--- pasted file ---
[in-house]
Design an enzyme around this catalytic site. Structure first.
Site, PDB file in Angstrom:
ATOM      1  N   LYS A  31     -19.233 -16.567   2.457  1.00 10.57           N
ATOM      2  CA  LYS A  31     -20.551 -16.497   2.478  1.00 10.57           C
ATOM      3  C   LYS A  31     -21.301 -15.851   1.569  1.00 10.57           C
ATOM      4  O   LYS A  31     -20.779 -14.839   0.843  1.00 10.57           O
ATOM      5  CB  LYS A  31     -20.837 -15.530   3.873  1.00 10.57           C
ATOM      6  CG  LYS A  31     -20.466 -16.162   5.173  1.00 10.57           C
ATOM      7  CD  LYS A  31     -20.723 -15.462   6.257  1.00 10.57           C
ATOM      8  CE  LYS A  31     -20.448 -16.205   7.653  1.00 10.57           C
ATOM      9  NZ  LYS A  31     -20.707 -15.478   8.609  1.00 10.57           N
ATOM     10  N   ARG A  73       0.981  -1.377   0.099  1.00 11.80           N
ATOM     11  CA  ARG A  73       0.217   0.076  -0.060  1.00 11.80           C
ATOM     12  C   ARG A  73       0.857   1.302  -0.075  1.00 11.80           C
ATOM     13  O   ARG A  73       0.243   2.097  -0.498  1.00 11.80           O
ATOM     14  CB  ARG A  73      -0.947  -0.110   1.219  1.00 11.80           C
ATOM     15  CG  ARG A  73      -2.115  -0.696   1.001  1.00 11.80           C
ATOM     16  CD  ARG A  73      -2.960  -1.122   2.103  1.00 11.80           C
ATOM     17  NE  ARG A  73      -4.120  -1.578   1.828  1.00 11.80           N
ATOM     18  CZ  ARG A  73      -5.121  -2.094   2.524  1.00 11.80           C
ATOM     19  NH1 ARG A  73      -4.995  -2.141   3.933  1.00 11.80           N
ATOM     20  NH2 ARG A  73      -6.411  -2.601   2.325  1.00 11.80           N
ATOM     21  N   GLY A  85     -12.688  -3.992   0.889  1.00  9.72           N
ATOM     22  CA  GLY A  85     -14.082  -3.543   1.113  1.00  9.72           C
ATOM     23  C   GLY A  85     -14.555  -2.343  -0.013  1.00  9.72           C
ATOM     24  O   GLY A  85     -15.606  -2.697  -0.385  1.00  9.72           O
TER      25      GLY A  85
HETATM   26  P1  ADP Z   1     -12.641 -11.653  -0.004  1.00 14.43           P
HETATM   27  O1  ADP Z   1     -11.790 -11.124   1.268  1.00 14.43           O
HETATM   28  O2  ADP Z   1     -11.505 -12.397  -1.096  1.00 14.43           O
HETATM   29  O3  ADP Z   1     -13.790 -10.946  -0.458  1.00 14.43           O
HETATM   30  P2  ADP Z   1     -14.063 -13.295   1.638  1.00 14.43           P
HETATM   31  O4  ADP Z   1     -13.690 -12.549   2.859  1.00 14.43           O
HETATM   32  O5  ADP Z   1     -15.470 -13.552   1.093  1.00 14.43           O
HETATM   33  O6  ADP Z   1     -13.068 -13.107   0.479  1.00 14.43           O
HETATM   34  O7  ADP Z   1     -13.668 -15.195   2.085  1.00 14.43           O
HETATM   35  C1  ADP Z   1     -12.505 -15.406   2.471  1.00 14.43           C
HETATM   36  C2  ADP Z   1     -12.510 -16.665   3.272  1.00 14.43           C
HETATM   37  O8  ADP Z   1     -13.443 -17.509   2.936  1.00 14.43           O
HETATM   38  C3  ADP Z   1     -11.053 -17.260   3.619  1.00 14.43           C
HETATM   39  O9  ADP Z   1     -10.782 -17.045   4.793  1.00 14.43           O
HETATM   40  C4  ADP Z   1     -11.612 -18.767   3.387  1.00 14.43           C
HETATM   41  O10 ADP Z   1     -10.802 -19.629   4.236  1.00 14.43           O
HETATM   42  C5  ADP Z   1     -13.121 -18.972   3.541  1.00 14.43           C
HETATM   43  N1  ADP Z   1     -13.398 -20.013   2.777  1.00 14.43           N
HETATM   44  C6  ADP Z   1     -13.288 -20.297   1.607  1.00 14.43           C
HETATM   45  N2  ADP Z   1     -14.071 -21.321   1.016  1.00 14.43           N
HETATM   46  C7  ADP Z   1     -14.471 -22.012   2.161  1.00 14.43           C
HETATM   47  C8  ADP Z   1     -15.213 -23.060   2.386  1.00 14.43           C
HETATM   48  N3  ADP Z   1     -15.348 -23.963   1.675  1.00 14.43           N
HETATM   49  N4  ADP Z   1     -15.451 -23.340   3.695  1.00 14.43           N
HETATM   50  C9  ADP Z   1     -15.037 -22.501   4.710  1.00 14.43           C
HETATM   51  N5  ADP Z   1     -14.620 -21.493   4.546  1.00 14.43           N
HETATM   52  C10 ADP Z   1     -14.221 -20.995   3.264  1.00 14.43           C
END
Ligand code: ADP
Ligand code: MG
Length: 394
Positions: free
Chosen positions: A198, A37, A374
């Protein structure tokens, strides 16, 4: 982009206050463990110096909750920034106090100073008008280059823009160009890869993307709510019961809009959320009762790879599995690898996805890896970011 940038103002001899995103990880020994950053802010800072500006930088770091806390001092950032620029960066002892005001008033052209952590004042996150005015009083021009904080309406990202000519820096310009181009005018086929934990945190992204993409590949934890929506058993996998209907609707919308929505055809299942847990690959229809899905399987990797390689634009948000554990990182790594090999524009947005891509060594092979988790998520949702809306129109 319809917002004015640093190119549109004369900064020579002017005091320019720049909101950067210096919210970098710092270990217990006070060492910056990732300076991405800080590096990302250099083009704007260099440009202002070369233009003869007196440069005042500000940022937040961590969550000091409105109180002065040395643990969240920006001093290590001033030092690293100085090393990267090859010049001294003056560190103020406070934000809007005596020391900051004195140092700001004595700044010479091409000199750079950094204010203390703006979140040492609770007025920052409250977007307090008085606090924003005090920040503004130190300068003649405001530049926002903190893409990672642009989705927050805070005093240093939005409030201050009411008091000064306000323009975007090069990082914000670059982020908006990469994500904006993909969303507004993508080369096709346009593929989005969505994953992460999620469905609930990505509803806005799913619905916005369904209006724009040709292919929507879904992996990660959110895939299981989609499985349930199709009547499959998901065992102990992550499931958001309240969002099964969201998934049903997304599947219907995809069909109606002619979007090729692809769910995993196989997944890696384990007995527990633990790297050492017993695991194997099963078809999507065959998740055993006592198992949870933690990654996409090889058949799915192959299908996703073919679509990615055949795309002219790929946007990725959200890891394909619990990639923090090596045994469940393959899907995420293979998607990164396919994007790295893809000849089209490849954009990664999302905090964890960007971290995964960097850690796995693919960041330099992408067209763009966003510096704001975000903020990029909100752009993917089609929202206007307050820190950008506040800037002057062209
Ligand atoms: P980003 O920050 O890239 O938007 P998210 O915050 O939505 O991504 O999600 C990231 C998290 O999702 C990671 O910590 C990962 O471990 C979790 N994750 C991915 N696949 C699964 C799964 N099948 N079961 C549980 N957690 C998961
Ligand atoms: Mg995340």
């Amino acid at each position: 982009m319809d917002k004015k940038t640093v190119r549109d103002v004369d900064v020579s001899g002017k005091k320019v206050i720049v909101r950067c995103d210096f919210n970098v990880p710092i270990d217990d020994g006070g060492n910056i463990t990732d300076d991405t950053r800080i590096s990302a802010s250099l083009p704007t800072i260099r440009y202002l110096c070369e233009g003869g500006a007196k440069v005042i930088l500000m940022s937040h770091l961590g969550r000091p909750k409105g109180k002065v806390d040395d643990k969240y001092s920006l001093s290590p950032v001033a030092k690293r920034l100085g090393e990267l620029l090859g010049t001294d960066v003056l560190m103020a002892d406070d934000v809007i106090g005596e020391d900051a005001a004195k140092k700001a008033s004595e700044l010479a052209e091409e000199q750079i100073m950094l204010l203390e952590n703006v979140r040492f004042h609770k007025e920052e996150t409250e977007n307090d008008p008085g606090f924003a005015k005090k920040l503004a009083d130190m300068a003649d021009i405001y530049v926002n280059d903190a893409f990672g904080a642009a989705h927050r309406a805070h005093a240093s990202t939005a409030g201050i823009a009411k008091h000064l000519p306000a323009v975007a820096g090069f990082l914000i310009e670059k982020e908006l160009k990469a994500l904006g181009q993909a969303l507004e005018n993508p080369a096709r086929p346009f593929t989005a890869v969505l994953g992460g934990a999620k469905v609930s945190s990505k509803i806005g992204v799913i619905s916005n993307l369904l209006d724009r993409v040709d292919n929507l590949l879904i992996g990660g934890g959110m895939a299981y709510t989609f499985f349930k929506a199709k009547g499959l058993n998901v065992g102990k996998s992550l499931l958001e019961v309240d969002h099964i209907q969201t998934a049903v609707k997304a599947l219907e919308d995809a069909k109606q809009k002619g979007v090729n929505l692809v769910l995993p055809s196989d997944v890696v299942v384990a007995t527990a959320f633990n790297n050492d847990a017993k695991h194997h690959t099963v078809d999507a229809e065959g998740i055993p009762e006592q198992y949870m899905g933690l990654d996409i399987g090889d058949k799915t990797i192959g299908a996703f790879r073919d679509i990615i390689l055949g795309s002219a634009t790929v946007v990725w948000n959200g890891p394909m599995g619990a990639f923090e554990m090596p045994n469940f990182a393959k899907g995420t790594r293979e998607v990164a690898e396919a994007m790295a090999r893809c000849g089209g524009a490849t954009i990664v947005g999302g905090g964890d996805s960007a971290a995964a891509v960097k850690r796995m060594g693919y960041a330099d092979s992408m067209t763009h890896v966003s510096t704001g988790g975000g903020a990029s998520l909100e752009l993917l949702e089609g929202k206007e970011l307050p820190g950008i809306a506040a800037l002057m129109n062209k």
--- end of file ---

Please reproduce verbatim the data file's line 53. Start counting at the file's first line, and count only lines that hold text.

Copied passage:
HETATM   50  C9  ADP Z   1     -15.037 -22.501   4.710  1.00 14.43           C